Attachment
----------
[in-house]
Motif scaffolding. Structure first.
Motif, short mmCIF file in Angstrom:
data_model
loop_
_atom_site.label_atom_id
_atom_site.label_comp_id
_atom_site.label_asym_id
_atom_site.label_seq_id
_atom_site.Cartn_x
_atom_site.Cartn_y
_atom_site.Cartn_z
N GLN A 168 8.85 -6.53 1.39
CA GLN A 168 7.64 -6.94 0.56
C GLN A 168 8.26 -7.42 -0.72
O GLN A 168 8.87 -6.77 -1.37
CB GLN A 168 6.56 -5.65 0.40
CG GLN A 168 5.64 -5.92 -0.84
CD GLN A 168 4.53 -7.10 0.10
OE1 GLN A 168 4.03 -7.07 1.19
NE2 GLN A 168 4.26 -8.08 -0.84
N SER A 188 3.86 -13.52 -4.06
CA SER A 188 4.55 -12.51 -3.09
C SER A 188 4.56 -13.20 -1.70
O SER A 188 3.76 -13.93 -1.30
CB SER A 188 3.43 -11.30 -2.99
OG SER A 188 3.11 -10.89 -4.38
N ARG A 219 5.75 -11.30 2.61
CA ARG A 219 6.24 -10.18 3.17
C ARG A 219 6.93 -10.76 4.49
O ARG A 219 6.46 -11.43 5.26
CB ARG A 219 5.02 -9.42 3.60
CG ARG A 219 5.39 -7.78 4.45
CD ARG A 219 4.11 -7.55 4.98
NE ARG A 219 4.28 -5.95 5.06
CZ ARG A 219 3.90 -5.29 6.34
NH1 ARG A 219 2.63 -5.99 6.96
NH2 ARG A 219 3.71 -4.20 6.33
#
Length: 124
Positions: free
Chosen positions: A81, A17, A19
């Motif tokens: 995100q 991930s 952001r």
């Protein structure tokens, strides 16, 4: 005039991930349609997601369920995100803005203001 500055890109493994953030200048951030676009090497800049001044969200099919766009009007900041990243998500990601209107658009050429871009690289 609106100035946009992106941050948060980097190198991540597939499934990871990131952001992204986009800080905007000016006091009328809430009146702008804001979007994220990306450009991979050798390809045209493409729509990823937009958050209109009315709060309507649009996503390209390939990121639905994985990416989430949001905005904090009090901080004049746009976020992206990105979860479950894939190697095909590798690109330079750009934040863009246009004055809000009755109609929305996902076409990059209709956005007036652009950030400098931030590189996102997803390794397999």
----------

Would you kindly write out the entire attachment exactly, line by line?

[in-house]
Motif scaffolding. Structure first.
Motif, short mmCIF file in Angstrom:
data_model
loop_
_atom_site.label_atom_id
_atom_site.label_comp_id
_atom_site.label_asym_id
_atom_site.label_seq_id
_atom_site.Cartn_x
_atom_site.Cartn_y
_atom_site.Cartn_z
N GLN A 168 8.85 -6.53 1.39
CA GLN A 168 7.64 -6.94 0.56
C GLN A 168 8.26 -7.42 -0.72
O GLN A 168 8.87 -6.77 -1.37
CB GLN A 168 6.56 -5.65 0.40
CG GLN A 168 5.64 -5.92 -0.84
CD GLN A 168 4.53 -7.10 0.10
OE1 GLN A 168 4.03 -7.07 1.19
NE2 GLN A 168 4.26 -8.08 -0.84
N SER A 188 3.86 -13.52 -4.06
CA SER A 188 4.55 -12.51 -3.09
C SER A 188 4.56 -13.20 -1.70
O SER A 188 3.76 -13.93 -1.30
CB SER A 188 3.43 -11.30 -2.99
OG SER A 188 3.11 -10.89 -4.38
N ARG A 219 5.75 -11.30 2.61
CA ARG A 219 6.24 -10.18 3.17
C ARG A 219 6.93 -10.76 4.49
O ARG A 219 6.46 -11.43 5.26
CB ARG A 219 5.02 -9.42 3.60
CG ARG A 219 5.39 -7.78 4.45
CD ARG A 219 4.11 -7.55 4.98
NE ARG A 219 4.28 -5.95 5.06
CZ ARG A 219 3.90 -5.29 6.34
NH1 ARG A 219 2.63 -5.99 6.96
NH2 ARG A 219 3.71 -4.20 6.33
#
Length: 124
Positions: free
Chosen positions: A81, A17, A19
């Motif tokens: 995100q 991930s 952001r």
């Protein structure tokens, strides 16, 4: 005039991930349609997601369920995100803005203001 500055890109493994953030200048951030676009090497800049001044969200099919766009009007900041990243998500990601209107658009050429871009690289 609106100035946009992106941050948060980097190198991540597939499934990871990131952001992204986009800080905007000016006091009328809430009146702008804001979007994220990306450009991979050798390809045209493409729509990823937009958050209109009315709060309507649009996503390209390939990121639905994985990416989430949001905005904090009090901080004049746009976020992206990105979860479950894939190697095909590798690109330079750009934040863009246009004055809000009755109609929305996902076409990059209709956005007036652009950030400098931030590189996102997803390794397999």